You can use these kilns for silver clays, annealing beads and glass, bronze and copper clays, firing bone china, ceramics, earthenware, porcelain, pottery, and stoneware, china painting, crystalline gazes, applying decals, dental work, dichroic glasses, dolls, enamelling, fire polishing, glass art, fusing, moulding, sagging, and slumping glass, heat treating, knife-making, laboratory testing, lampwork, lost-wax casting, low-fire ceramics, making jewellery, melting gold and silver, forming gun and model parts, pâte de verre, raku, sintering gold and silver clays, staining glass, hardening and tempering blades, cutters, dies, and tools, and many other materials and processes.

The smaller kilns are more economic for jewellery-making, so you can use most popular small-scale materials such as Accent Gold, Art Clay metal clays, BullsEye glasses, dichroic glasses, enamels, GlasClay, Image Transfer Solution, Metal Clay Veneer, PMC silver clay, Prometheus bronze clay, ProCopper clay, and SilverEtch.
And there's an increasingly diverse range of other metal clays, such as Cinter, Clay Mania, Creative, Goldie, Hadar Jacobson, Metal Adventures, Meteor, Noble, and PMC Sterling.

You can make architectural parts, badges, beads, bowls, bracelets, brooches, buttons, candle holders, ceramic-art, charms, china dolls, decorations, earrings, figurines, fingerprint keepsakes, flowerpots, glass-art, glass panels, jewellery, knives, lampshades, medals, miniatures, models, mugs, necklaces, ornaments, pendants, plates, porcelain beads, pet-id tags, rings, souvenirs, stained-glass designs, tableware, thimbles, tiaras, tiles, tools, trinkets, and vases, as unique hand-crafted pieces or repeatable stock for sale.


They're ideal for your arts centre, ceramics studio, college, course venue, craft centre, engineering workshop, glass works, home, jewellery studio, medical laboratory, pottery business, research unit, school, technical facility, or university.

IS A PARAGON XPRESS KILN THE BEST CHOICE?

OPTIONAL READING
Paragon Xpress Q11 Kiln With A Sentry Xpress Programmer For Ceramics, Enamels, And Porcelain. Paragon Xpress E12 Kiln With A Sentry Xpress Programmer For Annealing, Ceramics, And Glass. Paragon Xpress J14 Kiln With A Sentry Xpress Controller For Annealing, Glass Work, And Lost Wax. Paragon Xpress 1313 Kiln With A Sentry Xpress Programmer For Ceramics, Porcelain, And Pottery.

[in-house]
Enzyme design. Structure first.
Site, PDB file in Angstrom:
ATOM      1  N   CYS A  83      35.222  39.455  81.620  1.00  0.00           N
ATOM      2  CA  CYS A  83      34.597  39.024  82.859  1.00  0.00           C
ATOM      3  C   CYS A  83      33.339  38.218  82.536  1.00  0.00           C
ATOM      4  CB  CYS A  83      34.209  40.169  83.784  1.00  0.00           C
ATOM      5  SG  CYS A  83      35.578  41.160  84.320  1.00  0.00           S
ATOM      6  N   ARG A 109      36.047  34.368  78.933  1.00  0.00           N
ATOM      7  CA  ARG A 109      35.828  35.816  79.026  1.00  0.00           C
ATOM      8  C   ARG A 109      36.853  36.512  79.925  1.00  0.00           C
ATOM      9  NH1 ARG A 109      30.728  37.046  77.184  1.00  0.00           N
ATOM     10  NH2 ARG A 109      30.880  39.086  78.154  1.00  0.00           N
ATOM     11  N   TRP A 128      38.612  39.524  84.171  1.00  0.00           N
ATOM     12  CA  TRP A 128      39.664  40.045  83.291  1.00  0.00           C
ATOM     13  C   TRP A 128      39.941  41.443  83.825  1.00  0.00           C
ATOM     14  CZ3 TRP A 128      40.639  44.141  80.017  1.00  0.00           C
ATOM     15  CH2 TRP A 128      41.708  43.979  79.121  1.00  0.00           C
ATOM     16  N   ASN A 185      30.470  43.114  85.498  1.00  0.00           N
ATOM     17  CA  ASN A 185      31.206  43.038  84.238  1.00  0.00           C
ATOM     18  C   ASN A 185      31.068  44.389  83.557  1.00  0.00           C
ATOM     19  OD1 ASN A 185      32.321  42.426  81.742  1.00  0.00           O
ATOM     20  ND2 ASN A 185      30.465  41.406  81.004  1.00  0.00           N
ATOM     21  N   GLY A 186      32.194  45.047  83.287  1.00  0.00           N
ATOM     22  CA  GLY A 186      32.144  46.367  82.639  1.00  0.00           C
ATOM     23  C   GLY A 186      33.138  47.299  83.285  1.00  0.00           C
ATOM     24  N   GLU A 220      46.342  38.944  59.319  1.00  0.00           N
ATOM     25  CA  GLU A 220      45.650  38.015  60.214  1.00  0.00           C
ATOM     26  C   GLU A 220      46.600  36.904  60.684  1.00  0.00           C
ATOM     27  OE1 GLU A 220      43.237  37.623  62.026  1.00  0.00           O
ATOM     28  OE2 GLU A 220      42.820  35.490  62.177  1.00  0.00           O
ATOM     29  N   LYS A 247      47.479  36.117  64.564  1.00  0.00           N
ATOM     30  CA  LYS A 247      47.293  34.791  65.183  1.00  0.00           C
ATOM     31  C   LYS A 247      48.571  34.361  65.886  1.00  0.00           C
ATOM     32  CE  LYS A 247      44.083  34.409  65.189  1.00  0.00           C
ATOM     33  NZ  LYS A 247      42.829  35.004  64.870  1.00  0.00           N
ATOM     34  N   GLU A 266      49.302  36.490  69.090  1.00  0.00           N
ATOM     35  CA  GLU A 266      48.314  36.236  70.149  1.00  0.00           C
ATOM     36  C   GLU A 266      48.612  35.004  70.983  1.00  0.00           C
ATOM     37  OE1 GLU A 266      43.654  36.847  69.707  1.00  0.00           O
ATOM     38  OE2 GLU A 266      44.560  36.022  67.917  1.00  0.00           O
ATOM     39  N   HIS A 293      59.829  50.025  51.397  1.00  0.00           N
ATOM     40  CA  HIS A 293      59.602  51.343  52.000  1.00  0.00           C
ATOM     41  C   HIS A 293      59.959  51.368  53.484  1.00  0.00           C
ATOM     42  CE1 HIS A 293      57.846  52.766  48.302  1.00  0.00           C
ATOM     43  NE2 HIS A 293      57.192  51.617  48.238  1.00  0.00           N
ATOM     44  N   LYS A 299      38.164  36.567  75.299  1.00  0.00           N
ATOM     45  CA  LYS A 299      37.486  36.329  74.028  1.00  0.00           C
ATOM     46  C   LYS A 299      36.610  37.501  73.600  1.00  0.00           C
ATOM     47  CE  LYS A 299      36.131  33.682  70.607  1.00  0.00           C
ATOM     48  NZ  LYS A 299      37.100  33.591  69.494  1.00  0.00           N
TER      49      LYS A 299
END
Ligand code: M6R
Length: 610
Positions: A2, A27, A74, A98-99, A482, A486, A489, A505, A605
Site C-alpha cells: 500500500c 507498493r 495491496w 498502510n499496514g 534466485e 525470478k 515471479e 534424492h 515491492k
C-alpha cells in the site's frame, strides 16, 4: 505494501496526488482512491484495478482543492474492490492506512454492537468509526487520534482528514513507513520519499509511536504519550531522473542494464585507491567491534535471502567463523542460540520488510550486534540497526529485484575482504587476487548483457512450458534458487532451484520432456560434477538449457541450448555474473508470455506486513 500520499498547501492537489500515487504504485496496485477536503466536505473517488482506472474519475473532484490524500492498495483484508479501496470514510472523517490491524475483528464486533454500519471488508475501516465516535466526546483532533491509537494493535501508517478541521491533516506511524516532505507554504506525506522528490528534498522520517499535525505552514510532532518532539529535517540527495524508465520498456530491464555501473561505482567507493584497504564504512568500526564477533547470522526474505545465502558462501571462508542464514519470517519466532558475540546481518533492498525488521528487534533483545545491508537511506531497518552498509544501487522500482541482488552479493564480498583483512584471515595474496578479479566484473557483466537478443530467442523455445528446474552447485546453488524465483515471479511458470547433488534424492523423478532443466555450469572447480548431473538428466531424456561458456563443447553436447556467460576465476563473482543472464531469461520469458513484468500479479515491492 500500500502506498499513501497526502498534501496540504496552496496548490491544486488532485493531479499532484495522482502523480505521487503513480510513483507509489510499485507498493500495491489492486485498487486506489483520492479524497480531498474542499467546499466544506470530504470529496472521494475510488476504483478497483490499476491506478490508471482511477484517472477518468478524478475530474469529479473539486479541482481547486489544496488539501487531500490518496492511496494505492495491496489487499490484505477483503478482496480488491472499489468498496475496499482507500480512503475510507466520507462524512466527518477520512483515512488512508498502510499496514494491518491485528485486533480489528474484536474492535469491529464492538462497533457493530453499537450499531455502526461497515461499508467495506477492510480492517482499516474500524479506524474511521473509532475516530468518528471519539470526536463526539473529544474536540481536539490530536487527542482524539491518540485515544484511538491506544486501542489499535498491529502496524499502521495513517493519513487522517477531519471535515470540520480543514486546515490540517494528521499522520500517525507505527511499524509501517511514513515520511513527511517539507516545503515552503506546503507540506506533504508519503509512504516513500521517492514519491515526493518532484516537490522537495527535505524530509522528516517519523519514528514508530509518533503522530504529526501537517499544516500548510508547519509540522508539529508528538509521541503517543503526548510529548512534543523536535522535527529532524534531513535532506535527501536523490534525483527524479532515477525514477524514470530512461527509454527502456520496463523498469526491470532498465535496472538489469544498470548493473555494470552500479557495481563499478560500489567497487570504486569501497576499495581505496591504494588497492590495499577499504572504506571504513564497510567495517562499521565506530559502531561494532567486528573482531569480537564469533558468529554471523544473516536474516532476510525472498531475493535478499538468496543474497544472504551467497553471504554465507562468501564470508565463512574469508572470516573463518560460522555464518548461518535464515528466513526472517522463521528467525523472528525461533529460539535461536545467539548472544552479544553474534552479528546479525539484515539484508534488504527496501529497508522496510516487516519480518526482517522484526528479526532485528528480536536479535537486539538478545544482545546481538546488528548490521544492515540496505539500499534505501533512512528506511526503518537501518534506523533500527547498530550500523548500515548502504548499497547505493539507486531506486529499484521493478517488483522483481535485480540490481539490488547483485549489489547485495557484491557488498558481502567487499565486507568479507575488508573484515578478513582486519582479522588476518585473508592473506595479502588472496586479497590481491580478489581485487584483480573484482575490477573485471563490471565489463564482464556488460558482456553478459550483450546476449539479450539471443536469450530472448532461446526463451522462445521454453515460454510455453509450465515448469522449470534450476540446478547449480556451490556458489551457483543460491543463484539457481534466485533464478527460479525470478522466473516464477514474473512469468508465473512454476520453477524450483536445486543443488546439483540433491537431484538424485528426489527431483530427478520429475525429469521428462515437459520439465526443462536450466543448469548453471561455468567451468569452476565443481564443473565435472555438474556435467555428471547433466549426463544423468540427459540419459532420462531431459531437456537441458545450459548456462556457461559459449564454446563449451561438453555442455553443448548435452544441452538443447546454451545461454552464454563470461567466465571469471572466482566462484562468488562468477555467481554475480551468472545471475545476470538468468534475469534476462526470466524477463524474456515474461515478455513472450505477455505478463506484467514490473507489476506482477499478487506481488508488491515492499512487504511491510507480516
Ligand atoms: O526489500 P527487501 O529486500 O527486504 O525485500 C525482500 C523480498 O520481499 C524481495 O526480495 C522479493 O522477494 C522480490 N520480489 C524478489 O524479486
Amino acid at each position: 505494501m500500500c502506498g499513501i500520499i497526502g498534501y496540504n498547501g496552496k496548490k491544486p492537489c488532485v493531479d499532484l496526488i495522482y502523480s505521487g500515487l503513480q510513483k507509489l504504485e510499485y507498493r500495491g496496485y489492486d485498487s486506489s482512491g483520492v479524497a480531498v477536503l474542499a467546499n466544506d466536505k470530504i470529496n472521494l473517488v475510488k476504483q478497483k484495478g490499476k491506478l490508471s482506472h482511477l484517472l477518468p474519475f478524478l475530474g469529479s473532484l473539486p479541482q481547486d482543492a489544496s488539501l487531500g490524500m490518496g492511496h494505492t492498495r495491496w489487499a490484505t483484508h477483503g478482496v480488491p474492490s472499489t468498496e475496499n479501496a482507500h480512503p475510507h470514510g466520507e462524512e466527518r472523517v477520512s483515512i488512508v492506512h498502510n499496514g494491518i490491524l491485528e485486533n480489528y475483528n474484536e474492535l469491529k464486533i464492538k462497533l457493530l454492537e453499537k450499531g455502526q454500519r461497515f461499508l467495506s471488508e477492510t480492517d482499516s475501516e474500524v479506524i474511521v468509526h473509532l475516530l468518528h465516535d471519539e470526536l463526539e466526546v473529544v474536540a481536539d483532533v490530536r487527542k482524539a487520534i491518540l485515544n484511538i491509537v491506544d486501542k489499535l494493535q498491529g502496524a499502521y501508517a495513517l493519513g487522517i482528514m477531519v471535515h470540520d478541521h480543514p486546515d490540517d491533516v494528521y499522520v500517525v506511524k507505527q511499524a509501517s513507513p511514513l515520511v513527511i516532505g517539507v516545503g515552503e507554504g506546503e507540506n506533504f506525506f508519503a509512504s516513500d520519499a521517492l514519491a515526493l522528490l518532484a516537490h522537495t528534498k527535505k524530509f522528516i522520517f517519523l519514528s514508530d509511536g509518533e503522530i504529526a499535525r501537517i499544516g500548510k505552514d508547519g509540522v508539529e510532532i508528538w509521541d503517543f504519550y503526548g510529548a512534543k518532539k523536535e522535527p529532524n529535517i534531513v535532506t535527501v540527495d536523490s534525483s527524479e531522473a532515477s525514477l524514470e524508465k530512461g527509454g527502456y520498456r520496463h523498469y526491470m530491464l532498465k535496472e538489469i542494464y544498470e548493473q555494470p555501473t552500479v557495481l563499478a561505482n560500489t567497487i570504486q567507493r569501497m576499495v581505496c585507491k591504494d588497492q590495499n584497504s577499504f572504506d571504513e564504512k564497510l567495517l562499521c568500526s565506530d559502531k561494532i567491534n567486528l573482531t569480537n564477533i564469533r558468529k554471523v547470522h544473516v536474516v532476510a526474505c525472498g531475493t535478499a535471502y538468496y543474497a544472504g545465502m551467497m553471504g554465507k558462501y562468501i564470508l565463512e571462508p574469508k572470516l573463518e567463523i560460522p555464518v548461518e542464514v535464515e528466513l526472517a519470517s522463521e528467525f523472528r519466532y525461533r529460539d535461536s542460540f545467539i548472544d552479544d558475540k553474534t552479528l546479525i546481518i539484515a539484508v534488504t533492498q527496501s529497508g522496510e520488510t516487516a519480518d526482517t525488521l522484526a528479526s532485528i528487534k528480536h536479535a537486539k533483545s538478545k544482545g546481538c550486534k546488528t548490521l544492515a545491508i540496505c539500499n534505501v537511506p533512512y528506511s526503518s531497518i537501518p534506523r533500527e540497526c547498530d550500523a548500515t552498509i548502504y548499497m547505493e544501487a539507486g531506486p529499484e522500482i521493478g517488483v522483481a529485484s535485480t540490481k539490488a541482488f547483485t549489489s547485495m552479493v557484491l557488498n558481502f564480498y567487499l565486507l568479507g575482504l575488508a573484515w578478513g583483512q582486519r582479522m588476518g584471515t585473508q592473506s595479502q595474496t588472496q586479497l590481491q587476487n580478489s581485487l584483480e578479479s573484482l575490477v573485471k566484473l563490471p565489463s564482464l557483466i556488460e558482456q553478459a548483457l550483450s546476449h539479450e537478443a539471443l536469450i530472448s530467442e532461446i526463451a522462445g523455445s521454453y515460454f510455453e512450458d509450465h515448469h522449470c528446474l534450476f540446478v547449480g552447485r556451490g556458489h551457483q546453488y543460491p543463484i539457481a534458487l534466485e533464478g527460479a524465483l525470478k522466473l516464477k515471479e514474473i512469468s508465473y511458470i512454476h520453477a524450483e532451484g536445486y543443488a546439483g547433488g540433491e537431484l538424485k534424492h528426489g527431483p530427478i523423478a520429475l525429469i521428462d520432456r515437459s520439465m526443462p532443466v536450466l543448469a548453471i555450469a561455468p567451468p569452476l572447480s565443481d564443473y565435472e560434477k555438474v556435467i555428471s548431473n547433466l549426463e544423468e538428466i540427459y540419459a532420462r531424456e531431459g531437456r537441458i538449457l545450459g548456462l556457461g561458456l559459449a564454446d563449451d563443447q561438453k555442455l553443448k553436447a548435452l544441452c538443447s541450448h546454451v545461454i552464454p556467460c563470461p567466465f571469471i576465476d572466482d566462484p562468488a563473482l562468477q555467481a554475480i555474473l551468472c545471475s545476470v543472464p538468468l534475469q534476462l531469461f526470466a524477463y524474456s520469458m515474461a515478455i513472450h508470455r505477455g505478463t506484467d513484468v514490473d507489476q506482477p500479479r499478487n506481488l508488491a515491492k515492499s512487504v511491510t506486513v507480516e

Is A Paragon Xpress Kiln Going To Be The Best Long Term Choice?

Paragon Xpress multi-use kilns come in nineteen versions, with door and programmer options, and in eight colours. They're robust, practical, and versatile, are favoured by users all over the world, and are way ahead of any competitive makes in every way.

The smaller kilns are plug-in. The 1290°C Xpress Q11 is the smallest, the 1290°C E12 is the most popular, and the 1095°C E14 is the largest.

The larger kilns will need to be wired-in and are more of an investment: so think about possible futures rather than your immediate plans, and whether you want a hobby or a business. The seven-sided Xpress 1313 has a volume of 34.55 litres and the eight-sided Xpress 1613 has a volume of 49.55 litres.

Of course, depending on what you want to make, width or height might be more important than volume. Some kilns are better suited for making jugs, pots, and vases, others for blades and figurines, and others for bowls, panels, plates, and tiles, so you have to balance the internal size you'd like for the budget you've got.

Although every version is described in detail below, in ascending order of internal size, your most important choice will be the size. Then whether a square or multi-sided interior will be more practical: multi-sided are generally better for cylindrical, irregular, or round pieces. Then whether a programmer upgrade offers enough benefits to offset the slightly higher cost.

Some of the Xpress kilns are hot enough to work with ceramics and porcelain, and most other materials and processes, within their size limits. However, if you think that a hotter, larger, or more specialised kiln might be more versatile, here are some suggestions:


Bead-annealing kilns generally have a maximum temperature of 650°C, such as the BlueBird Series. However, other kilns have bead doors: the small Caldera-B and SC2B, the medium Xpress-E12B, and the larger Fusion-14B.

Glass kilns generally have a maximum temperature of 925°C. For these, look at the F Series, Fusion:CS Series, GL Series, or Pearl Series. These are not hot enough for ceramics.